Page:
Laughter and playfulness in Islam

The Place of Joy, Happiness, Laughter, Recreation and Relaxation in Islam

“For, to speak out once for all, man only plays when in the full meaning of the word he is a man, and he is only completely a man when he plays.” (J. C. Friedrich von Schiller, Letters upon the Aesthetic Education of Man, Letter XV, 9)

 

As a follow-up to the the entry entitled Self-Discipline in Islam, I was asked “what is the place of joy, laughter, and relaxation in Islam, in comparison to self-restraint, discipline and control?”

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Making Sense of Wahhabism – 3

In Part 1 and Part 2 (as well as the entry Are Wahhabis Sunnis? Chechnya Conference and Saudi Anger), we got an overview of the life and thoughts of the founder of Wahhabism, Muhammad ibn Abdl-Wahhab, and his close ties with the Saudi family since his initial contact with them.

In Part 3, we want to provide an overview of the history of Saud family, because of the very close ties between Wahhabism and the Saudi regime.

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Making Sense of Wahhabism – 2

Roots of Muhammad ibn Abd al-Wahhab

In part 1 and the entry entitled “Are Wahhabis Sunnis? Chechnya Conference and Saudi anger…“, we explained that the links and intermarriages between Saudis and Wahhabis run deep. We also explained that Saudis have a Jewish ancestry. (This in and of itself doesn’t mean much. What is significant however is the concealment of this ancestry and the fabrication of a different genealogy that is used publicly… as well as the real interests that are sought by Wahhabis and Saudis)

What is as interesting, but even less known, than the Jewish ancestry of Saudis, is that Muhammad bin Abd al-Wahhab’s ancestors were also Jews.

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Making sense of Wahhabism – 1

Given the interest that the last entry generated, I decided to start writing some entries to talk about Muhammad bin Abd al-Wahhab (the founder of Wahhabism), ibn Taymiyyah, and explain what they believe by going through their own writings and those who adhere to their thought.

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Are Wahhabis Sunnis? Chechnya Conference and Saudi anger…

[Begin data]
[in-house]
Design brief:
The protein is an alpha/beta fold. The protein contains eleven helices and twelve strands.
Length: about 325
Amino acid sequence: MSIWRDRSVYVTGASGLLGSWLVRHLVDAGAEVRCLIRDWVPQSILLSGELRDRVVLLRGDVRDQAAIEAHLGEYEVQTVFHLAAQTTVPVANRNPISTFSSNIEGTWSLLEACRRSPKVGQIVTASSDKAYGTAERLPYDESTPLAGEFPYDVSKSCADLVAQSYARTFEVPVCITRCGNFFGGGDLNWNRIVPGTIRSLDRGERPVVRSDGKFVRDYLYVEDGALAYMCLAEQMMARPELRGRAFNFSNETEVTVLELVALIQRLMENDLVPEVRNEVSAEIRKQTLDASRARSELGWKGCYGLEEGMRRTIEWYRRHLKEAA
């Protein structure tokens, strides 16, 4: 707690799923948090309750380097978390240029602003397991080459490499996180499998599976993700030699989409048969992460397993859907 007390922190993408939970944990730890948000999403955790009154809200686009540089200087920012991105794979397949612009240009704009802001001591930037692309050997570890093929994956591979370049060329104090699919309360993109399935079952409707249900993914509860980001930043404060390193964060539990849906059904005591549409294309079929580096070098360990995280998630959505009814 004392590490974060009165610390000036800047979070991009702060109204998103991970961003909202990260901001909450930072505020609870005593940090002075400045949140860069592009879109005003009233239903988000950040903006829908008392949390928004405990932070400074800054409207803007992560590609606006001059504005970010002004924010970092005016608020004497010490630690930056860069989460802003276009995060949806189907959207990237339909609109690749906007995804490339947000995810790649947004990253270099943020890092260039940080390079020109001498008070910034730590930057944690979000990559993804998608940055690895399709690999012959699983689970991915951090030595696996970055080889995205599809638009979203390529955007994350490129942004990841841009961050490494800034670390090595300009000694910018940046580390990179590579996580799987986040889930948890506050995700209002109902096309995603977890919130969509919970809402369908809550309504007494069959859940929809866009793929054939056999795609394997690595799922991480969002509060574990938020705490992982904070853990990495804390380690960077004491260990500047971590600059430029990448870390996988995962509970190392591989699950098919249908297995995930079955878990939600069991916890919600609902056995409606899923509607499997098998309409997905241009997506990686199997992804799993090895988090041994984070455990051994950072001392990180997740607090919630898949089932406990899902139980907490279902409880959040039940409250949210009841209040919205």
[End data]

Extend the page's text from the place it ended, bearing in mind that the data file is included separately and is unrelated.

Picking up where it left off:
More than 200 Muslim scholars came together in Grozni, Chechnya, for a conference on Islamic issues. They attended from Russia, Syria, Turkey, India, the UK, Lebanon, South Africa, Jordan… and Egypt had a very strong presence.

So what’s special about this, you may be wondering? This is perhaps one of the first times that mainstream Sunni scholars distanced themselves so clearly from Wahhabis, and everyone noticed… But to better understand the significance, here is the broader context to keep in mind…

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Self-Discipline in Islam

“self-regulation failure is the major social pathology of our time.” (Baumeister, Willpower)

As it often happens during or around the month of Ramadan, I had a conversation with a colleague at work who was interested in understanding why Muslims fast. I explained to him that Muslims fast for a number of reasons, including:

  • Their belief that God has ordered them to fast;
  • It develops their compassion and empathy towards the less fortunate;
  • It improves self-control;
  • It is considered a great spiritual exercise of purification;
  • It is a reminder of the weakness and dependence of our selves on the continuous graces of God;
  • It has intellectual benefits, such as helping with focus and attention;
  • There are important health benefits;
  • Etc.

I did not know it at the time, but the point about self-discipline and control seems to have really spoken to him. As I was leaving work yesterday, we crossed paths again, near the door. He shared with me how our short conversation got him thinking about self-discipline, and its importance in our lives. He even showed me a book that he had started reading 4 days ago (The New Purpose Driven Life: What On Earth Am I Here For? by Rick Warren), and he was interested in learning more about it, and as a result of our little chat, he ended up asking me whether any local imams gave talks about the topic from an Islamic perspective or even had programs to acquaint non Muslims to Islam…

The truth of the matter is that the topic is incredibly important, and yet our Islamic programs, libraries and institutions lack greatly in this respect. So I thought that I would at least jot down some preliminary thoughts about the topic of self-discipline or self-control in Islam for now – and hopefully this will be the seed for a book or a series of lectures one day…

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General principles of upbringing

5 principles of upbringing (cognitive psychology)

I started researching upbringing almost 15 years ago, both from a psychological as well as an Islamic perspective, but simply never took the time to actually put my main thoughts on paper and write the book. In this post, I wanted to share five principles that I believe in (from a psychological perspective) in raising children. Another post will be dedicated to presenting the Islamic principles of upbringing, that should go hand-in-hand with these psychological ones. I believe that following five principles will raise children that are considered geniuses by most standards, with confidence to try new things, and who find joy in learning. So until the book gets written, let me know what you think of these…

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